Teet Randma: Estonia’s dirty secret

Teet Randma, an environmental campaigner, writes that Estonia is the second largest emitter of CO2 per capita in the European Union, and the country urgently needs energy reforms.

Estonia is the second largest emitter of CO2 per capita in the European Union and by far the most carbon-intensive economy among the OECD countries. The reason for that is oil shale, sedimentary rock that has been mined in Estonia for electricity generation since the fifties and, since recently, have also been used for liquid diesel fuel production.

Over 90 per cent of Estonia’s CO2 emissions come from burning oil shale for electricity, and oil shale contributes significantly to other pollution and waste levels in the country. The high concentrations of pollutants create health problems for local people: children living in the oil shale area have more respiratory diseases and are projected to live four years less on average. The country’s energy development plan 2030 commits to reducing the number of early deaths resulting from pollution by 50 per cent by 2030.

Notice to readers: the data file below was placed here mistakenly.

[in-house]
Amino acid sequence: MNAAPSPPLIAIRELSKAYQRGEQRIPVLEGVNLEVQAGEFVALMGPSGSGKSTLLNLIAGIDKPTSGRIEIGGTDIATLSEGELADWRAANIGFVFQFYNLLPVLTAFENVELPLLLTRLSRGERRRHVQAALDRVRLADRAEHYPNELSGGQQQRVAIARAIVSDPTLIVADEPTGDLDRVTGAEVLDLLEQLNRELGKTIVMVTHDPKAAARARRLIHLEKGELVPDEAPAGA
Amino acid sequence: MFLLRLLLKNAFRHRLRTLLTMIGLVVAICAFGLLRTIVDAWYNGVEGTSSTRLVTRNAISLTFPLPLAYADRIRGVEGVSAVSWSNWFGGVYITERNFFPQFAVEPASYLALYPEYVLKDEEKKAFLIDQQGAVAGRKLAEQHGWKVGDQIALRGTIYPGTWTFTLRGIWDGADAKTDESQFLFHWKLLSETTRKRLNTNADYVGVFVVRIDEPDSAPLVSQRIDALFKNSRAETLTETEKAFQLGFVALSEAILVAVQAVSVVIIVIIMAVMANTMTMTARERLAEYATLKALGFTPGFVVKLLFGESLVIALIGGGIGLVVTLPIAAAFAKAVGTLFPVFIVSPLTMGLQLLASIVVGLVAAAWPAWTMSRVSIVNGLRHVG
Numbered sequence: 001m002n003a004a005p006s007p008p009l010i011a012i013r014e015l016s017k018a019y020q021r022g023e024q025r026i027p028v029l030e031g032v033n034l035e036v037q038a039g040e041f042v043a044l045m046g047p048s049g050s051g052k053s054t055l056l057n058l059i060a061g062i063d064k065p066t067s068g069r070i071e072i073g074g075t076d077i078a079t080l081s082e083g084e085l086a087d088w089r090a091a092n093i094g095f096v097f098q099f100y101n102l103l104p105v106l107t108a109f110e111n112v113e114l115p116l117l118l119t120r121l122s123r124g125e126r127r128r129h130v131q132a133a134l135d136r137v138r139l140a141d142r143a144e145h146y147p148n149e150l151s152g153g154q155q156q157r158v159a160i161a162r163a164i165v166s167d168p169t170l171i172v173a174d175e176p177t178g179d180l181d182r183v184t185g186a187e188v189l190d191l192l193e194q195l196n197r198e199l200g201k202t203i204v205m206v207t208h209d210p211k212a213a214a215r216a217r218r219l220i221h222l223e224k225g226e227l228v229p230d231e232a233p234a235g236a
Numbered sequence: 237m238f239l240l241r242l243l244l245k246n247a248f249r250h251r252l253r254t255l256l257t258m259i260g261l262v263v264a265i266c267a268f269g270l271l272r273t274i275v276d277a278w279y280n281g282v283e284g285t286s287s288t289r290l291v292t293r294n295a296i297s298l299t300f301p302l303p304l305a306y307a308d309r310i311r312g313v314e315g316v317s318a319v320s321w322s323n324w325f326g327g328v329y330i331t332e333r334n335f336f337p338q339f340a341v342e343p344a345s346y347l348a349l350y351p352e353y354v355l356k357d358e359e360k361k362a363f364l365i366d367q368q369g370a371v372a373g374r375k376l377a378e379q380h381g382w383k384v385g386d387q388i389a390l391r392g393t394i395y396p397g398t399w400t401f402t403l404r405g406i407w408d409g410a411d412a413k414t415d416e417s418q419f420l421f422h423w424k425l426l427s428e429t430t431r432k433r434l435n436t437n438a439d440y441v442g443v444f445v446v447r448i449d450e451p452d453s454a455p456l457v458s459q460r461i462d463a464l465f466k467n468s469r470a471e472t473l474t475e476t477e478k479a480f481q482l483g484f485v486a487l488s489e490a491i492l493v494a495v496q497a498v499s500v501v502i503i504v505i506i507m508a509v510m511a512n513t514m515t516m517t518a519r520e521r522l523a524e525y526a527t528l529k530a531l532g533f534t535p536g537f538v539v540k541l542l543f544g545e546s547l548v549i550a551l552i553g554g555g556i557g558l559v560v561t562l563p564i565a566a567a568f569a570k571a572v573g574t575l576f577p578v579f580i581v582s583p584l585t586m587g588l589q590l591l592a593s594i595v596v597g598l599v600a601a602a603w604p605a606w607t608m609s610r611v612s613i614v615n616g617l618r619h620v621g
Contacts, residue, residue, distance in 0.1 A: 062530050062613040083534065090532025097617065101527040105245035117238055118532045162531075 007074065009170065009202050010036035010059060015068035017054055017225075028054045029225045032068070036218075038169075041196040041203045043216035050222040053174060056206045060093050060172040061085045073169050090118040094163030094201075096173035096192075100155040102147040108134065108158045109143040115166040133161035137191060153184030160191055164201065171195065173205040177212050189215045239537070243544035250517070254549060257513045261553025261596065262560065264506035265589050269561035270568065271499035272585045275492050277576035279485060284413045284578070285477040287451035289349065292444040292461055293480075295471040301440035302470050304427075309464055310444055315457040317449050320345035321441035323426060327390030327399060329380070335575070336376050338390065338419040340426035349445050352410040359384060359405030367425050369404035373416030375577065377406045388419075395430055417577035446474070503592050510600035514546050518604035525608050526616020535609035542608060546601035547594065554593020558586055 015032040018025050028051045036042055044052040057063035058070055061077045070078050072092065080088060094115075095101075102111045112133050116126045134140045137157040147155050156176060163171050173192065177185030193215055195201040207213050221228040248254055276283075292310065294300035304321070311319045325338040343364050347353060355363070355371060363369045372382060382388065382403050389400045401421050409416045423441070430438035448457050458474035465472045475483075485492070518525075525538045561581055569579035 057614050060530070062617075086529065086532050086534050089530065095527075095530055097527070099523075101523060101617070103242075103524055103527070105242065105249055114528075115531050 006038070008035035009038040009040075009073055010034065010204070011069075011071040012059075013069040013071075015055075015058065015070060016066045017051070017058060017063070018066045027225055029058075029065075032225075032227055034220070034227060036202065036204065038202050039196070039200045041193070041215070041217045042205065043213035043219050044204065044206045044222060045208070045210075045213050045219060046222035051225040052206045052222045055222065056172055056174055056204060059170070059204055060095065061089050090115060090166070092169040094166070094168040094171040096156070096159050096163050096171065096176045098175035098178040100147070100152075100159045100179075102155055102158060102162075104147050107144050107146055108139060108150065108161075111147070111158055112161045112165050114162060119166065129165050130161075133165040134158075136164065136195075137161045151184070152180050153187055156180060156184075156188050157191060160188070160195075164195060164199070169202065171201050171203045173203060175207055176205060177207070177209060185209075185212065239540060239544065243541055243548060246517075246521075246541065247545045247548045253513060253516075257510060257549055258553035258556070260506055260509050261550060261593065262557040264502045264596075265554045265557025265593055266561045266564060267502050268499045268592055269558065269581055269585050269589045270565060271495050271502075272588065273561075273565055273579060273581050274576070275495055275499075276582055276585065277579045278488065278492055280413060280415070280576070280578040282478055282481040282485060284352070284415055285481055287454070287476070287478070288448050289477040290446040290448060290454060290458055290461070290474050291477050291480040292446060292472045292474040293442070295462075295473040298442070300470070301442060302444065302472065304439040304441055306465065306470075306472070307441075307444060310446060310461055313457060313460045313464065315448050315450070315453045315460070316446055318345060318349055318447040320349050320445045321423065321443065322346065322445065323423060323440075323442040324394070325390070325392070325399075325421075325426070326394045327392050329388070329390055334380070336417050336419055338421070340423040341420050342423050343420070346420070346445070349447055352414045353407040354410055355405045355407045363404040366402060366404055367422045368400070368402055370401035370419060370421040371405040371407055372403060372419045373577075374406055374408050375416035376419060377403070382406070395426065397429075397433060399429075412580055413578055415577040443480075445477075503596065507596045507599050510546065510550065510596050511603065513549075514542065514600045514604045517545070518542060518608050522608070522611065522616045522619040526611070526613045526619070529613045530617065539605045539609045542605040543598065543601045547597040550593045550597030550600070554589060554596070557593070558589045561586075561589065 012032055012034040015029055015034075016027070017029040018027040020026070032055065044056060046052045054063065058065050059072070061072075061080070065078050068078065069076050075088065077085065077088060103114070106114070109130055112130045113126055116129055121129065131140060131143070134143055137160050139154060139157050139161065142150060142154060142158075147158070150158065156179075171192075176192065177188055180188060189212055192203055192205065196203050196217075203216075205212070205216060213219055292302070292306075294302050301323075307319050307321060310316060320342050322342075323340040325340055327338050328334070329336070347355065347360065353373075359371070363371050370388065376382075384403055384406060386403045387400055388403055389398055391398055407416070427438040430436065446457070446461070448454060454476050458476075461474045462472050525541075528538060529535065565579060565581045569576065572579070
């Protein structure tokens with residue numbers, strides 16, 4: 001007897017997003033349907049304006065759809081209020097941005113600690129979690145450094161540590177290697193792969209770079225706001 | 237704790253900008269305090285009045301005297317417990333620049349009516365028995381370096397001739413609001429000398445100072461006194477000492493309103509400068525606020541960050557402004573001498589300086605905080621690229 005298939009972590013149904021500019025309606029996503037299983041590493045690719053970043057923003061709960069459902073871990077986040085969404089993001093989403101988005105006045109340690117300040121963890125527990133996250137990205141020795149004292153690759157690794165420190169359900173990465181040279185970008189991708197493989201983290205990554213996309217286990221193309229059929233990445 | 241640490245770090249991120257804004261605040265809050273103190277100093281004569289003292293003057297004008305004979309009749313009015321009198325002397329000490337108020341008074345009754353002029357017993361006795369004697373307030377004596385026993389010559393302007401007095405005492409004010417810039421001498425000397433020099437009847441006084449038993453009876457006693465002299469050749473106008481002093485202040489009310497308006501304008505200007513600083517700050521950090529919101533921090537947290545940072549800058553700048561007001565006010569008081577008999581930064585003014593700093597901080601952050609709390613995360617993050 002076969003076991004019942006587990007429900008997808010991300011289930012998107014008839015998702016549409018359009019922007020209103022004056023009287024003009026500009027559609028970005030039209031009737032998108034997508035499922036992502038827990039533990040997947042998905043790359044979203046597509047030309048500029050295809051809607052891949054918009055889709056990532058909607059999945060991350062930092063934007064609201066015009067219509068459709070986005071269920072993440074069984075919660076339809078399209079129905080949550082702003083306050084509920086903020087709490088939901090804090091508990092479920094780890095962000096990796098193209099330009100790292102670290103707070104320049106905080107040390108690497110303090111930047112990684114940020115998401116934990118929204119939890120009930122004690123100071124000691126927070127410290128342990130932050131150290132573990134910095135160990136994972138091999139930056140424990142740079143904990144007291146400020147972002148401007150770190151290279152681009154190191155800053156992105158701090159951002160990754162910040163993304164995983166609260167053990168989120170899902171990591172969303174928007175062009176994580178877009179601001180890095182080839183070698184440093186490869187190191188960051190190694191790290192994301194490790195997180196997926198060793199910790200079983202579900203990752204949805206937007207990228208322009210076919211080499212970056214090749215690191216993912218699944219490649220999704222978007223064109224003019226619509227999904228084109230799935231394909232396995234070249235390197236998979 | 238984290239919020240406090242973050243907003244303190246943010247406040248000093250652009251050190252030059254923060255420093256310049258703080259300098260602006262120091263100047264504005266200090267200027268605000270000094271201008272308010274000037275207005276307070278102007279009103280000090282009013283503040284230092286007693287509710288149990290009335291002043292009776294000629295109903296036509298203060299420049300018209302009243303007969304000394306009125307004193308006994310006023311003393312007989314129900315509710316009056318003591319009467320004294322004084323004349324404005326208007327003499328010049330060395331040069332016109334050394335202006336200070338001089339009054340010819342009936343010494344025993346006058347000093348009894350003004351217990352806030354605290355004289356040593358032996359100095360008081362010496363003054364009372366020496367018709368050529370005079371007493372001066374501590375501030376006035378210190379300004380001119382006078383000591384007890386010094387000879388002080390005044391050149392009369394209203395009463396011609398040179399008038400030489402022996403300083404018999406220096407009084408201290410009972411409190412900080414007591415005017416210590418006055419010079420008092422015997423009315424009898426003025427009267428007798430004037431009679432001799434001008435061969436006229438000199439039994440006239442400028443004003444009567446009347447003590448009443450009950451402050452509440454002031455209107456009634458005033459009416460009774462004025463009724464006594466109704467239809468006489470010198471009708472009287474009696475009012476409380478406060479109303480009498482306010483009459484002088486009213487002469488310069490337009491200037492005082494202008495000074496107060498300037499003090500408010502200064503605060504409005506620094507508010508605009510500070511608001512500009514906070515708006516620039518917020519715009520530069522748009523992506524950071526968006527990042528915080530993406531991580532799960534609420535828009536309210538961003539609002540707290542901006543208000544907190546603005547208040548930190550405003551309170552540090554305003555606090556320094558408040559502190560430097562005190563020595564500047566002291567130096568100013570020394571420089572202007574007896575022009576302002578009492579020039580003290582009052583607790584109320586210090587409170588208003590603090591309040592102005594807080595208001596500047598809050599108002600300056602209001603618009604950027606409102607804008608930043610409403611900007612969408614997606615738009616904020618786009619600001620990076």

The Tallinn-based consultancy firm, Praxis, has analysed the socio-economic costs of using oil shale, but, in doing so, has failed to interpret the cost of PM2.5 (particulate matter that have a diameter of less than 2.5 micrometres, which is about 3% the diameter of a human hair) air pollution and water usage. When factored in, the total socio-economic cost of producing electricity from oil shale far exceeds the benefits.